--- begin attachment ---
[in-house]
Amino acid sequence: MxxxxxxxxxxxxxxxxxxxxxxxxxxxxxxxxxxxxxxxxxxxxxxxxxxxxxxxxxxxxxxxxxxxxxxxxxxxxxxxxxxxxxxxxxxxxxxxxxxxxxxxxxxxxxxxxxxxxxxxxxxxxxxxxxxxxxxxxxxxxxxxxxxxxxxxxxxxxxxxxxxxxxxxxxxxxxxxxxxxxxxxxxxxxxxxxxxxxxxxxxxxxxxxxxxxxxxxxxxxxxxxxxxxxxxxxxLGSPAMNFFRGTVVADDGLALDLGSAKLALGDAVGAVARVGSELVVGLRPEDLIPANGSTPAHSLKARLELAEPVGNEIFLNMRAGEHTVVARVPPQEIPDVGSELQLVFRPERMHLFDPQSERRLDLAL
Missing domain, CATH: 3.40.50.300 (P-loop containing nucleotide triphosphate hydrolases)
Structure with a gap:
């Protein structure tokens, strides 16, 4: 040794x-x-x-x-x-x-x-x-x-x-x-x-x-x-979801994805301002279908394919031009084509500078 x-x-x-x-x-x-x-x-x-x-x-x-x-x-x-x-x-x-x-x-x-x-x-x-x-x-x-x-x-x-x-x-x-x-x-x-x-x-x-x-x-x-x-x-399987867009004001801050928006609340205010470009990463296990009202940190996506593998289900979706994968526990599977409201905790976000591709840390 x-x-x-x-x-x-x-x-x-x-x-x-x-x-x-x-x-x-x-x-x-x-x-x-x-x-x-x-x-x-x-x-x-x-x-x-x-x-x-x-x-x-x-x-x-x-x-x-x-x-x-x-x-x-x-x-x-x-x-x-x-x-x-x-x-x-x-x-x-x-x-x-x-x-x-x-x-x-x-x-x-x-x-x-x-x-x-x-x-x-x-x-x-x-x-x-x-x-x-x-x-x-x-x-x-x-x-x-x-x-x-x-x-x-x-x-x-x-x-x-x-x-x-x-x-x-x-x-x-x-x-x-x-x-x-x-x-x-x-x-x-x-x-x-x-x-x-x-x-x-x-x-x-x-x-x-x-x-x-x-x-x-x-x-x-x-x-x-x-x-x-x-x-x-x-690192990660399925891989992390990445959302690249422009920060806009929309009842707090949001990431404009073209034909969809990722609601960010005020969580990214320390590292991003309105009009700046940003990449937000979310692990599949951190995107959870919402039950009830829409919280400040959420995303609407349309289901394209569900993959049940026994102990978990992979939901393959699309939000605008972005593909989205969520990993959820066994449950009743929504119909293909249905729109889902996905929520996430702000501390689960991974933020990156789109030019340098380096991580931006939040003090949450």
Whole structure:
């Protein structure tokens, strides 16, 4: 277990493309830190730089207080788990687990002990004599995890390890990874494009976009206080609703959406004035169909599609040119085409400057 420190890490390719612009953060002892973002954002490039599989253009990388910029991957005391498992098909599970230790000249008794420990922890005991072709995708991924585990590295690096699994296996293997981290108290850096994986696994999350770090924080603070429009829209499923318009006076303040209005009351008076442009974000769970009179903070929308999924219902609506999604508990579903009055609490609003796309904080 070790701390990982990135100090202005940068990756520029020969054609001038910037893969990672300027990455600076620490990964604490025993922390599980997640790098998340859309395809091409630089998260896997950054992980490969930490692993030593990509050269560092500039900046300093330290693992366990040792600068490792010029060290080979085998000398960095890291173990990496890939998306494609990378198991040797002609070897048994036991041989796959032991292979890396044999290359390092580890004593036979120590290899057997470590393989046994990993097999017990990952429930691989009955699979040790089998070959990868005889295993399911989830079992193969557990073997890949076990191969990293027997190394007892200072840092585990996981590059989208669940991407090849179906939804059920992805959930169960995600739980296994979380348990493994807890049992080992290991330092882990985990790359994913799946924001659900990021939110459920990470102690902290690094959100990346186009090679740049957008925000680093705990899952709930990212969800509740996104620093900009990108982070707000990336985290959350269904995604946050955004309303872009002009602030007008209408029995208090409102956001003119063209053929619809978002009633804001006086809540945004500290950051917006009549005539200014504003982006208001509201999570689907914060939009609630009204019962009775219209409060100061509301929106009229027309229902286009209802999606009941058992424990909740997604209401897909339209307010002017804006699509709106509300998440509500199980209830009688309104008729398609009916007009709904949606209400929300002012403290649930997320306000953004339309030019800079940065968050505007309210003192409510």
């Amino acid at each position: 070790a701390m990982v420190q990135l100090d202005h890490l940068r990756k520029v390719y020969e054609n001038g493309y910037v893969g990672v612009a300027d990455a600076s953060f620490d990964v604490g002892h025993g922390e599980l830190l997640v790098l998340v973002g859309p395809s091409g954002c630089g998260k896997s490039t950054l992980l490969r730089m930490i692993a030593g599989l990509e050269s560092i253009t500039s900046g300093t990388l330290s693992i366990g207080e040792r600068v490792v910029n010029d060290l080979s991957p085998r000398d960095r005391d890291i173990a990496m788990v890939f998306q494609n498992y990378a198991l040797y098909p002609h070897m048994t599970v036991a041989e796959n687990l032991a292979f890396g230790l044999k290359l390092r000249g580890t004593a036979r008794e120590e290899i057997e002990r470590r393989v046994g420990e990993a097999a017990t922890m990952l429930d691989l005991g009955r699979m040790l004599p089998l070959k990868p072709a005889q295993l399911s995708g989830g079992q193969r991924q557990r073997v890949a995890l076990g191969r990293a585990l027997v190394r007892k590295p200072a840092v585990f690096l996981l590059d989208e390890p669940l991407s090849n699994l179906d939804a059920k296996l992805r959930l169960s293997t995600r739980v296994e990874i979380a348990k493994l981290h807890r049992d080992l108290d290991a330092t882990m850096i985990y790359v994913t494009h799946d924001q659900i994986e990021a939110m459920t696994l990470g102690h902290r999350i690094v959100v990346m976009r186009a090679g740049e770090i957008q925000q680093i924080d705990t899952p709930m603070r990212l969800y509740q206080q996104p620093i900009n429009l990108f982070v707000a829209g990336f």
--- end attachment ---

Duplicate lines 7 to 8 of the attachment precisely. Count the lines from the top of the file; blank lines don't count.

């Protein structure tokens, strides 16, 4: 277990493309830190730089207080788990687990002990004599995890390890990874494009976009206080609703959406004035169909599609040119085409400057 420190890490390719612009953060002892973002954002490039599989253009990388910029991957005391498992098909599970230790000249008794420990922890005991072709995708991924585990590295690096699994296996293997981290108290850096994986696994999350770090924080603070429009829209499923318009006076303040209005009351008076442009974000769970009179903070929308999924219902609506999604508990579903009055609490609003796309904080 070790701390990982990135100090202005940068990756520029020969054609001038910037893969990672300027990455600076620490990964604490025993922390599980997640790098998340859309395809091409630089998260896997950054992980490969930490692993030593990509050269560092500039900046300093330290693992366990040792600068490792010029060290080979085998000398960095890291173990990496890939998306494609990378198991040797002609070897048994036991041989796959032991292979890396044999290359390092580890004593036979120590290899057997470590393989046994990993097999017990990952429930691989009955699979040790089998070959990868005889295993399911989830079992193969557990073997890949076990191969990293027997190394007892200072840092585990996981590059989208669940991407090849179906939804059920992805959930169960995600739980296994979380348990493994807890049992080992290991330092882990985990790359994913799946924001659900990021939110459920990470102690902290690094959100990346186009090679740049957008925000680093705990899952709930990212969800509740996104620093900009990108982070707000990336985290959350269904995604946050955004309303872009002009602030007008209408029995208090409102956001003119063209053929619809978002009633804001006086809540945004500290950051917006009549005539200014504003982006208001509201999570689907914060939009609630009204019962009775219209409060100061509301929106009229027309229902286009209802999606009941058992424990909740997604209401897909339209307010002017804006699509709106509300998440509500199980209830009688309104008729398609009916007009709904949606209400929300002012403290649930997320306000953004339309030019800079940065968050505007309210003192409510």
């Amino acid at each position: 070790a701390m990982v420190q990135l100090d202005h890490l940068r990756k520029v390719y020969e054609n001038g493309y910037v893969g990672v612009a300027d990455a600076s953060f620490d990964v604490g002892h025993g922390e599980l830190l997640v790098l998340v973002g859309p395809s091409g954002c630089g998260k896997s490039t950054l992980l490969r730089m930490i692993a030593g599989l990509e050269s560092i253009t500039s900046g300093t990388l330290s693992i366990g207080e040792r600068v490792v910029n010029d060290l080979s991957p085998r000398d960095r005391d890291i173990a990496m788990v890939f998306q494609n498992y990378a198991l040797y098909p002609h070897m048994t599970v036991a041989e796959n687990l032991a292979f890396g230790l044999k290359l390092r000249g580890t004593a036979r008794e120590e290899i057997e002990r470590r393989v046994g420990e990993a097999a017990t922890m990952l429930d691989l005991g009955r699979m040790l004599p089998l070959k990868p072709a005889q295993l399911s995708g989830g079992q193969r991924q557990r073997v890949a995890l076990g191969r990293a585990l027997v190394r007892k590295p200072a840092v585990f690096l996981l590059d989208e390890p669940l991407s090849n699994l179906d939804a059920k296996l992805r959930l169960s293997t995600r739980v296994e990874i979380a348990k493994l981290h807890r049992d080992l108290d290991a330092t882990m850096i985990y790359v994913t494009h799946d924001q659900i994986e990021a939110m459920t696994l990470g102690h902290r999350i690094v959100v990346m976009r186009a090679g740049e770090i957008q925000q680093i924080d705990t899952p709930m603070r990212l969800y509740q206080q996104p620093i900009n429009l990108f982070v707000a829209g990336f």